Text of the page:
Timers 2 3 2
I/O pins 32 32 32
Serial port 1 1 1
Interrupt sources 6 8 6


The Harvard architecture is a computer architecture with physically separate storage and signal
pathways for instructions and data. In a Harvard architecture, there is no need to make the two
memories share characteristics. In particular, the word width, timing, implementation technology, and
memory address structure can differ. In some systems, instructions can be stored in read-only memory
while data memory generally requires read-write memory. In some systems, there is much more
instruction memory than data memory so instruction addresses are wider than data addresses. The
Modified Harvard architecture is very much like the Harvard architecture but provides a pathway
between the instruction memory and the CPU that allows words from the instruction memory to be
treated as read-only data. This allows constant data, particularly text strings, to be accessed without
first having to be copied into data memory, thus preserving more data memory for read/write variables.
Special machine language instructions are provided to read data from the instruction memory. This is
by contrast with a Von Neumann architecture computer, in which both instructions and data are stored
in the same memory system and (without the complexity of a cache) must be accessed in turn.
Microcontrollers (complete computers on a single chip) may use the Modified Harvard architecture for
the reasons it was first developed, which are to improve memory access speeds with moderate
complexity and to allow the instruction and data memory systems to be implemented independently of
each other.


Complex instruction set computer (CISC, pronounced like "sisk") is a computer instruction set
architecture (ISA) in which each instruction can execute several low-level operations, such as a load
from memory, an arithmetic operation, and a memory store, all in a single instruction. The term was
retroactively coined in contrast to reduced instruction set computer (RISC).
The acronym RISC (pronounced as risk), for reduced instruction set computer, represents a CPU
design strategy emphasizing the insight that simplified instructions that "do less" may still provide for
higher performance if this simplicity can be utilized to make instructions execute very quickly.
For any given level of general performance, a RISC chip will typically have far fewer transistors
dedicated to the core logic which originally allowed designers to increase the size of the register set and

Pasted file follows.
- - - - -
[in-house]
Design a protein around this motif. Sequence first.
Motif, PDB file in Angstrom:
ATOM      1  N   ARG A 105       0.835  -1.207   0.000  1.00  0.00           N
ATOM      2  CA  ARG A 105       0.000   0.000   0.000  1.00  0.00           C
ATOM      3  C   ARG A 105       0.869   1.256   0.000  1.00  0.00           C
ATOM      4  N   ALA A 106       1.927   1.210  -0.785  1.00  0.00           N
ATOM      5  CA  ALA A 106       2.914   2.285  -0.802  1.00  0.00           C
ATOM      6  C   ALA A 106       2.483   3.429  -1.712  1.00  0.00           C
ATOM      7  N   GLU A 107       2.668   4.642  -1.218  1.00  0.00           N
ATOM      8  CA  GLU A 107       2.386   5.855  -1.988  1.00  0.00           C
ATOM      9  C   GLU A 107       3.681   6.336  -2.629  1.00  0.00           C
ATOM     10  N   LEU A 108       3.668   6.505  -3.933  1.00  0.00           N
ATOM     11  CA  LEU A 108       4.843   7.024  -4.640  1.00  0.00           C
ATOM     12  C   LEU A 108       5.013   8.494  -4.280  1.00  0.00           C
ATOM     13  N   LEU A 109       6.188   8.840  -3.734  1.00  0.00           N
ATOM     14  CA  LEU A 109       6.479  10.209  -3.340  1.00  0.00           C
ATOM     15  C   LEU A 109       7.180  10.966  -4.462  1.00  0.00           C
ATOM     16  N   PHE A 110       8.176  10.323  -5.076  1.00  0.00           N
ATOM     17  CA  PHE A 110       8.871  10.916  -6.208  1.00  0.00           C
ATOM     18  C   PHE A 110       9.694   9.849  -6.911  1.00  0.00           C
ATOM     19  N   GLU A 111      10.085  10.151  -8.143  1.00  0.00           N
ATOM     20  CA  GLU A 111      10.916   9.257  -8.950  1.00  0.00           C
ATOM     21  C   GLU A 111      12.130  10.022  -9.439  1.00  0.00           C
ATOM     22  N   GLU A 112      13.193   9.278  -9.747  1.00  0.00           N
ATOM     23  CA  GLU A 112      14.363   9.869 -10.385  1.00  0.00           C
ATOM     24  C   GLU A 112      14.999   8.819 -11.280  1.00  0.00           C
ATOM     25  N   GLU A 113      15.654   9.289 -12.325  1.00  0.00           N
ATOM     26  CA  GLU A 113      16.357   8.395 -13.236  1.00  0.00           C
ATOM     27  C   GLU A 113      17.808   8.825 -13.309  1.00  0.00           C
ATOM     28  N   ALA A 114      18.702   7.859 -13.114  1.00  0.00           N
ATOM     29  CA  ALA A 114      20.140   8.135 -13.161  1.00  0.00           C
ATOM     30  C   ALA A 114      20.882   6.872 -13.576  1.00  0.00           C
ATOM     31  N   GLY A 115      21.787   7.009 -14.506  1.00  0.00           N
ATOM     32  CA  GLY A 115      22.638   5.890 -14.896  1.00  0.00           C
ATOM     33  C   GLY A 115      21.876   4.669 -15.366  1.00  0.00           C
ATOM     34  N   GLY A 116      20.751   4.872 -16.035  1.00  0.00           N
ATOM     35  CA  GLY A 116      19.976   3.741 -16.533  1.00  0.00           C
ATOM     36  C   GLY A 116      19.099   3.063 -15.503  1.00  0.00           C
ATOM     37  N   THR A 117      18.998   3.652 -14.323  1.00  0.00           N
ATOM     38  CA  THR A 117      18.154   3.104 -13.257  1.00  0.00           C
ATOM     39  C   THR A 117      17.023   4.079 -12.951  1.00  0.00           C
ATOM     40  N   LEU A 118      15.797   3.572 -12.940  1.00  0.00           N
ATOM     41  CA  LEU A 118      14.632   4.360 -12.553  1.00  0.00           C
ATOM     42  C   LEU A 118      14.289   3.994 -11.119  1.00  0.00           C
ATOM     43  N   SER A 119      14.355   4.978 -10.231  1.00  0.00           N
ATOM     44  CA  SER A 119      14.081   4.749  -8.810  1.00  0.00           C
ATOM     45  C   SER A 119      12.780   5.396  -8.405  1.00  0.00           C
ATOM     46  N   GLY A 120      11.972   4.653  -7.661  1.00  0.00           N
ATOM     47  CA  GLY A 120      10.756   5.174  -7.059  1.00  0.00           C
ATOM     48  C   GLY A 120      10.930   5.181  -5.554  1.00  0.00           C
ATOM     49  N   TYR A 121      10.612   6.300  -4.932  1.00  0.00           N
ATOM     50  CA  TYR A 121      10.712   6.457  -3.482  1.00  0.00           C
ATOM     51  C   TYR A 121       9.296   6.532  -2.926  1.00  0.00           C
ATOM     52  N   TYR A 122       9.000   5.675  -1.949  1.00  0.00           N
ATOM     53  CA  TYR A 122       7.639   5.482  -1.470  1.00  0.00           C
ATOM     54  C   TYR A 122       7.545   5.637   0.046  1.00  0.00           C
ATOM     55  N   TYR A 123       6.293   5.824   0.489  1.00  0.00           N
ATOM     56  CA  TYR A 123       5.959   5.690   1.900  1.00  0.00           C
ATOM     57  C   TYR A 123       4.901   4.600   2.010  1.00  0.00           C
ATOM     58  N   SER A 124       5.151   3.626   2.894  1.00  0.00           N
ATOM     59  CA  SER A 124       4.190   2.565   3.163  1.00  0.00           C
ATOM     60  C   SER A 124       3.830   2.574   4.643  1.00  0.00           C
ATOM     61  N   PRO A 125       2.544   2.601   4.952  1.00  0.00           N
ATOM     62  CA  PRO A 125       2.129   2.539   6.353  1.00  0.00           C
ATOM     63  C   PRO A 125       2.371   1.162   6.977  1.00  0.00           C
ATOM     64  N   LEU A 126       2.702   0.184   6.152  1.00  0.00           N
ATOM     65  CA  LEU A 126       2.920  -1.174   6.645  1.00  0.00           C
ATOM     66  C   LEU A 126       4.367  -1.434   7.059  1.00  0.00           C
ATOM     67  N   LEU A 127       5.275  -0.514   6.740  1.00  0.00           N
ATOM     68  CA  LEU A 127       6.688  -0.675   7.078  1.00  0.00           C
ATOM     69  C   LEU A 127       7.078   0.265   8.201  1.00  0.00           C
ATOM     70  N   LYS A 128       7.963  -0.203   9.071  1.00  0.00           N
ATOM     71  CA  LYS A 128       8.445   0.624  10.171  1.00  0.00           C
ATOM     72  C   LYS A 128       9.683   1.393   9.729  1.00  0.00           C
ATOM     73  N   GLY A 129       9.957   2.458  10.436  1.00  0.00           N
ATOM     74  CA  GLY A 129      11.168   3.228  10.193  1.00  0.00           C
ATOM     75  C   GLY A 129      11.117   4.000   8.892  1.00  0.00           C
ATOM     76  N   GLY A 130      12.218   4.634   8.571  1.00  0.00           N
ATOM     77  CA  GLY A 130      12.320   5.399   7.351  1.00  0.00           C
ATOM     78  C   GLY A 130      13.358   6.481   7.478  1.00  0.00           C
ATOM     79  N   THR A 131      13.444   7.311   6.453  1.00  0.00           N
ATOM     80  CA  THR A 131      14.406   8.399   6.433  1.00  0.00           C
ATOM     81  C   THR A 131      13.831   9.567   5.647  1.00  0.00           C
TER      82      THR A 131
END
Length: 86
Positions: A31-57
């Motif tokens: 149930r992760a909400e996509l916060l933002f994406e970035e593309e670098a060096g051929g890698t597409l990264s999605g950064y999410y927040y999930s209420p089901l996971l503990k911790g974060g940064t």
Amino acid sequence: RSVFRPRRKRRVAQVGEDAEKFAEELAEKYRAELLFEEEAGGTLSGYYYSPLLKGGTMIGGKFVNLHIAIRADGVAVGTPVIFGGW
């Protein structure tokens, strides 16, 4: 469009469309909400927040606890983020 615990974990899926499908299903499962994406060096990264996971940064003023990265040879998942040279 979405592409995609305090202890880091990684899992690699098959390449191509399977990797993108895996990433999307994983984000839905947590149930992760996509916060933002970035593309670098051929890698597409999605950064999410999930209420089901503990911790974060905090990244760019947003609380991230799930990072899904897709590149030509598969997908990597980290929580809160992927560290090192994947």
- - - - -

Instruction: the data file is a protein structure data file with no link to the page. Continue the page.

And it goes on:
increase internal parallelism.

Other features, which are typically found in RISC architectures are:

 Uniform instruction format, using a single word with the opcode in the same bit positions in
every instruction, demanding less decoding;
 Identical general purpose registers, allowing any register to be used in any context, simplifying
compiler design (although normally there are separate floating point registers);

 Simple addressing modes. Complex addressing performed via sequences of arithmetic and/or
load-store operations;

 Few data types in hardware, some CISCs have byte string instructions, or support complex
numbers; this is so far unlikely to be found on a RISC.

Exceptions abound, of course, within both CISC and RISC.

RISC designs are also more likely to feature a Harvard memory model, where the instruction stream
and the data stream are conceptually separated; this means that modifying the memory where code is
held might not have any effect on the instructions executed by the processor (because the CPU has a
separate instruction and data cache), at least until a special synchronization instruction is issued. On the
upside, this allows both caches to be accessed simultaneously, which can often improve performance.


The Intel 8051 is an 8-bit microcontroller which means that most available operations are limited to 8

Some of the features that have made the 8051 popular are:

 8-bit data bus

 16-bit address bus
 32 general purpose registers each of 8 bits
 16 bit timers (usually 2, but may have more, or less).
 3 internal and 2 external interrupts.
 Bit as well as byte addressable RAM area of 16 bytes.
 Four 8-bit ports, (short models have two 8-bit ports).
 16-bit program counter and data pointer


PIN 9: PIN 9 is the reset pin which is used reset the microcontroller’s internal registers and ports upon
starting up.2 machine cycle should be high at this pin.
PINS 18 & 19: The 8051 has a built-in oscillator amplifier hence we need to only connect a crystal at
these pins to provide clock pulses to the circuit.
PIN 40 and 20: Pins 40 and 20 are VCC and ground respectively. The 8051 chip needs +5V 500mA to
function properly.
PINS 29, 30 & 31: As described in the features of the 8051, this chip contains a built-in flash memory.